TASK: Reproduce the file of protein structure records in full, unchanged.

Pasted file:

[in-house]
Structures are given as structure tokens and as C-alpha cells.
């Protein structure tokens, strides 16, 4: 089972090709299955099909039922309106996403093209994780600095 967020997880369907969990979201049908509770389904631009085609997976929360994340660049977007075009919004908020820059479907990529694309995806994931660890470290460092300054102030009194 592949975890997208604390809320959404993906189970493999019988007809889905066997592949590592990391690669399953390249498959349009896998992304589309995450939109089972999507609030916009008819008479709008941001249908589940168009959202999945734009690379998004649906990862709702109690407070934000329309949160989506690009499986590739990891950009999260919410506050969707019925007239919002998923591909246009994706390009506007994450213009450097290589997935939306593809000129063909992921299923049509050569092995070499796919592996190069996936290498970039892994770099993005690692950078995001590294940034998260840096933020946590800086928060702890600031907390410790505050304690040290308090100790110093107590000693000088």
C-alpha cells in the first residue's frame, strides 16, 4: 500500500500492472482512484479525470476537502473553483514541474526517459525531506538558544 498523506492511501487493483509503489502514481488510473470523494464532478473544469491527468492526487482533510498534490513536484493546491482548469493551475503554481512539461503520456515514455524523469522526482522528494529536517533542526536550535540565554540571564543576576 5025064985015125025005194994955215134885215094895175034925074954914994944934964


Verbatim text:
[in-house]
Structures are given as structure tokens and as C-alpha cells.
């Protein structure tokens, strides 16, 4: 089972090709299955099909039922309106996403093209994780600095 967020997880369907969990979201049908509770389904631009085609997976929360994340660049977007075009919004908020820059479907990529694309995806994931660890470290460092300054102030009194 592949975890997208604390809320959404993906189970493999019988007809889905066997592949590592990391690669399953390249498959349009896998992304589309995450939109089972999507609030916009008819008479709008941001249908589940168009959202999945734009690379998004649906990862709702109690407070934000329309949160989506690009499986590739990891950009999260919410506050969707019925007239919002998923591909246009994706390009506007994450213009450097290589997935939306593809000129063909992921299923049509050569092995070499796919592996190069996936290498970039892994770099993005690692950078995001590294940034998260840096933020946590800086928060702890600031907390410790505050304690040290308090100790110093107590000693000088």
C-alpha cells in the first residue's frame, strides 16, 4: 500500500500492472482512484479525470476537502473553483514541474526517459525531506538558544 498523506492511501487493483509503489502514481488510473470523494464532478473544469491527468492526487482533510498534490513536484493546491482548469493551475503554481512539461503520456515514455524523469522526482522528494529536517533542526536550535540565554540571564543576576 5025064985015125025005194994955215134885215094895175034925074954914994944934964